Pfizer Asks FDA to Approve Omicron-Specific Booster Shot
MONDAY, Aug. 22, 2022 (HealthDay News) -- Pfizer Inc. said Monday that it has asked the U.S. Food and Drug Administration to approve the emergency use of an updated booster shot that targets several versions of the Omicron variant.
Animal studies show that the new mRNA vaccine produces an immune response against both BA.4 and BA.5 subvariants, with clinical trials set to begin this month, the company said in a news release announcing the application.
"The agility of the mRNA platform, together with extensive clinical experience with the Pfizer-BioNTech COVID-19 Vaccine, has allowed us to develop, test and manufacture updated, high-quality vaccines that align to circulating strains with unprecedented speed," said Pfizer Chairman and CEO Albert Bourla.
"Having rapidly scaled up production, we are positioned to immediately begin distribution of the bivalent Omicron BA.4/BA.5 boosters, if authorized, to help protect individuals and families as we prepare for potential fall and winter surges," he said in the release.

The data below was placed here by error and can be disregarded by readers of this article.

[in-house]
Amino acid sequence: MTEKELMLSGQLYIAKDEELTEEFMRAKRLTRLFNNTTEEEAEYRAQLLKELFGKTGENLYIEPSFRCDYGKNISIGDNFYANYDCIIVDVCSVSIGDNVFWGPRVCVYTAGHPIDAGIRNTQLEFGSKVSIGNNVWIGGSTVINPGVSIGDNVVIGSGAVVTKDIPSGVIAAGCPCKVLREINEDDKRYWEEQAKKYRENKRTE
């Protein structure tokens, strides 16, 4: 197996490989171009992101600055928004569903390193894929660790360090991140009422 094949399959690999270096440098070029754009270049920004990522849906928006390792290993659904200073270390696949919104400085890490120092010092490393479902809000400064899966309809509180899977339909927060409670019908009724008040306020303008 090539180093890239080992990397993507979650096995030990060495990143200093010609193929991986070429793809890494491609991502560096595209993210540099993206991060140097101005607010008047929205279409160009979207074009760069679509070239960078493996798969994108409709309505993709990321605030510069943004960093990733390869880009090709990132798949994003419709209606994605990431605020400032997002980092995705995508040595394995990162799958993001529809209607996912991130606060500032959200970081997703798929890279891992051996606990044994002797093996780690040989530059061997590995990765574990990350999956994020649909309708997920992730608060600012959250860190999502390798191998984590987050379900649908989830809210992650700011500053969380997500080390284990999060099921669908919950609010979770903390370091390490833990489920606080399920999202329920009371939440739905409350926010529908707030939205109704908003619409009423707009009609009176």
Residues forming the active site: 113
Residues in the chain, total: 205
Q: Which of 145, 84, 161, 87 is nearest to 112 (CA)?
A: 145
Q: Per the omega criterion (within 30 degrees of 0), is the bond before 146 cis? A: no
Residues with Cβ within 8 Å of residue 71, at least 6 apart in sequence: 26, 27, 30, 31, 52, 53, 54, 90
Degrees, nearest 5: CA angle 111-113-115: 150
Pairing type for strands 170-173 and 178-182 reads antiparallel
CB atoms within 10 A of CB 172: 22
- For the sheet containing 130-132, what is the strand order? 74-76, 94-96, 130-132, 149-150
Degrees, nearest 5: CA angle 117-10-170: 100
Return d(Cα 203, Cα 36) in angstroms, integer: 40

The BA.5 subvariant accounts for nearly 90% of new U.S. COVID cases, according to the U.S. Centers for Disease Control and Prevention.
The FDA plans to review the data in September. If authorized, the vaccine can be distributed immediately, NBC News reported.
Harvard epidemiologist Bill Hanage told NBC News that the turnaround time for this new vaccine was "remarkably quick." It usually takes years for vaccines to be developed and distributed, and the latest Omicron subvariants only began spreading in the United States widely in early June.
The new vaccine will be "important," especially for people vulnerable to severe infections, such as the elderly, Hanage said.
The new shots are expected to be available before an expected winter surge of COVID cases, White House COVID coordinator Dr. Ashish Jha said last week.
The FDA is allowing Pfizer to submit less data on the shot than it has for other COVID vaccines, because modified vaccines that target emerging strains of COVID can be approved without lengthy clinical trials, NBC News reported.
Visit the U.S. Centers for Disease Control and Prevention for more on COVID vaccines.
SOURCES: Pfizer, news release, Aug. 22, 2022; NBC News